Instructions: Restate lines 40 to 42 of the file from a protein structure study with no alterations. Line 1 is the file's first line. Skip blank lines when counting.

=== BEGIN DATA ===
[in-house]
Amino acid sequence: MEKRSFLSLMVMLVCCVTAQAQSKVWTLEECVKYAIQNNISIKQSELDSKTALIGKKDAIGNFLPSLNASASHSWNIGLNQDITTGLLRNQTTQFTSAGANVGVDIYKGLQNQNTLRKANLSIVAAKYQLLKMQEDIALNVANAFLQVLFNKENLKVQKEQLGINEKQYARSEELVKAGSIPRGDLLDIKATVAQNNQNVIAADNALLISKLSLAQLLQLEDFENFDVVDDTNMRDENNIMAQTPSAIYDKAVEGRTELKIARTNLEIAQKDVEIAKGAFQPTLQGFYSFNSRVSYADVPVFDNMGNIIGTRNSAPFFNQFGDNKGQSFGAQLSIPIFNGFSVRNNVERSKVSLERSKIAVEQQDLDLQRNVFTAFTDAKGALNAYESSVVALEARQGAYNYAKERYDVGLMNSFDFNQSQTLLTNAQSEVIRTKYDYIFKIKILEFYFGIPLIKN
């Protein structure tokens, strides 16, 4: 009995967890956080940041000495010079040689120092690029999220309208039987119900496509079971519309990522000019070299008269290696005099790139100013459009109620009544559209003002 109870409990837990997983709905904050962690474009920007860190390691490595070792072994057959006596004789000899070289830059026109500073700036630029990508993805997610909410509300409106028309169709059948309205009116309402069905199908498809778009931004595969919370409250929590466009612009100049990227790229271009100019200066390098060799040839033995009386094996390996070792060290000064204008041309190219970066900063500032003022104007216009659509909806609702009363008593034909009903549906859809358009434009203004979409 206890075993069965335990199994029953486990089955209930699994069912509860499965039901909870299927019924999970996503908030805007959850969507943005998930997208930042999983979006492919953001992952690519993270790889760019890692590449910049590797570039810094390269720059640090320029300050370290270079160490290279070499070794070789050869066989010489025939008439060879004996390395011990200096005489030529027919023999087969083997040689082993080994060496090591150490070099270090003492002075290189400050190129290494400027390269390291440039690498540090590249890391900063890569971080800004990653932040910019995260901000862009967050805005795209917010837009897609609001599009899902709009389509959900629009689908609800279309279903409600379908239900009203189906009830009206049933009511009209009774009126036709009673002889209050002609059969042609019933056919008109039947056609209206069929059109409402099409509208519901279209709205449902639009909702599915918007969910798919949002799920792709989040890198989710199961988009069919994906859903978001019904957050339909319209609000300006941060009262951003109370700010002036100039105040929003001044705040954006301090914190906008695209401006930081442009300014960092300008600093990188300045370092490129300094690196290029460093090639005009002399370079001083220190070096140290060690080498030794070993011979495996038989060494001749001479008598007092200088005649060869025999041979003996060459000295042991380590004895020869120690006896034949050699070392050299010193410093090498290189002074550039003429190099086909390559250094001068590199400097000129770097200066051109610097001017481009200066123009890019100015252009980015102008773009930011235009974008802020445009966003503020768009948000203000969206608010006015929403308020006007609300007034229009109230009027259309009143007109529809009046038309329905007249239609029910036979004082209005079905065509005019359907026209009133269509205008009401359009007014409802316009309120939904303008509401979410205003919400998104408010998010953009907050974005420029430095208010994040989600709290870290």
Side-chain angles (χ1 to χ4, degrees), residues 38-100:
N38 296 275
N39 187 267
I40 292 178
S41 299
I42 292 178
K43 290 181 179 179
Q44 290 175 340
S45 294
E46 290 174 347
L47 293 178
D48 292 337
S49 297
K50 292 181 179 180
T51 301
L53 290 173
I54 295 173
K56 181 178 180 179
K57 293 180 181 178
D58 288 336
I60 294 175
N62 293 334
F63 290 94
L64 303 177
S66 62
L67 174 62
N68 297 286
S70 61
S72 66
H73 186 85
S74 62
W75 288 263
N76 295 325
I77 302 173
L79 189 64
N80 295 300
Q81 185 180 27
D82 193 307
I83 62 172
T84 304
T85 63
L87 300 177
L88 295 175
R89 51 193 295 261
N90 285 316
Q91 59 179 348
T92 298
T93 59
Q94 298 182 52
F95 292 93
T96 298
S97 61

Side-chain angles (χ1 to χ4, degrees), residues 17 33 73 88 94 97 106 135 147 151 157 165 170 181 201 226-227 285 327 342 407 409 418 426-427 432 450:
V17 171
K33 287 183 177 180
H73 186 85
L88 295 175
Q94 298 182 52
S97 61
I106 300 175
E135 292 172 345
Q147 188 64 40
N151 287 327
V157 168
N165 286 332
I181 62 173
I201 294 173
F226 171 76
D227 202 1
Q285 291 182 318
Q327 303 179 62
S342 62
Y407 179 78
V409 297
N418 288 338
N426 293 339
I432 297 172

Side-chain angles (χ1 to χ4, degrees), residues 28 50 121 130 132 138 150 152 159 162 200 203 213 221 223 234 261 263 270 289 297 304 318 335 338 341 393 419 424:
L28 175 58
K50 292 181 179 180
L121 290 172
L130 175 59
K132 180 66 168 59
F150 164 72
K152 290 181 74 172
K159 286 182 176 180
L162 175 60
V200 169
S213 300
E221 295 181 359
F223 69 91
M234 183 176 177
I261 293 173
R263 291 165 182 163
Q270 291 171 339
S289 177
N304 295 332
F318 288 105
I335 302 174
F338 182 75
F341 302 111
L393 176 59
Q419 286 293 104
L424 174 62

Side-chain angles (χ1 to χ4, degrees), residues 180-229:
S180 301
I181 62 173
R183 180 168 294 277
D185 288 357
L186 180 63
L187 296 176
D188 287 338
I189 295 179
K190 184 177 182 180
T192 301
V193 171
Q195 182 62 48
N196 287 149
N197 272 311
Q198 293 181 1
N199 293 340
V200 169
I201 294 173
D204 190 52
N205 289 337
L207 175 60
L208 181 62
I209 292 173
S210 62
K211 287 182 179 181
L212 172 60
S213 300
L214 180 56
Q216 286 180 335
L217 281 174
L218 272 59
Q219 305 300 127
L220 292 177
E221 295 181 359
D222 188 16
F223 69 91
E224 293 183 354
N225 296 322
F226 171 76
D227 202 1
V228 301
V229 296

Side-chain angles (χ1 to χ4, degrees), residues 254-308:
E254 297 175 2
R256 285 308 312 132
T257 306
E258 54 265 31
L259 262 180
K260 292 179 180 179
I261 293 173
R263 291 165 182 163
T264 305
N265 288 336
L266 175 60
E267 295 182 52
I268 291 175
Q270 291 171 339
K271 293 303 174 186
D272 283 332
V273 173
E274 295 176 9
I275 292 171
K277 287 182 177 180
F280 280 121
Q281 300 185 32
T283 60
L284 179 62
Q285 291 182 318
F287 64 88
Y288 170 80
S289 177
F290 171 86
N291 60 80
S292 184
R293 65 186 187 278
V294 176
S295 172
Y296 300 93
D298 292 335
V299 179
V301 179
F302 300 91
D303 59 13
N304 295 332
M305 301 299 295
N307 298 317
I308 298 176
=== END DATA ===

Q81 185 180 27
D82 193 307
I83 62 172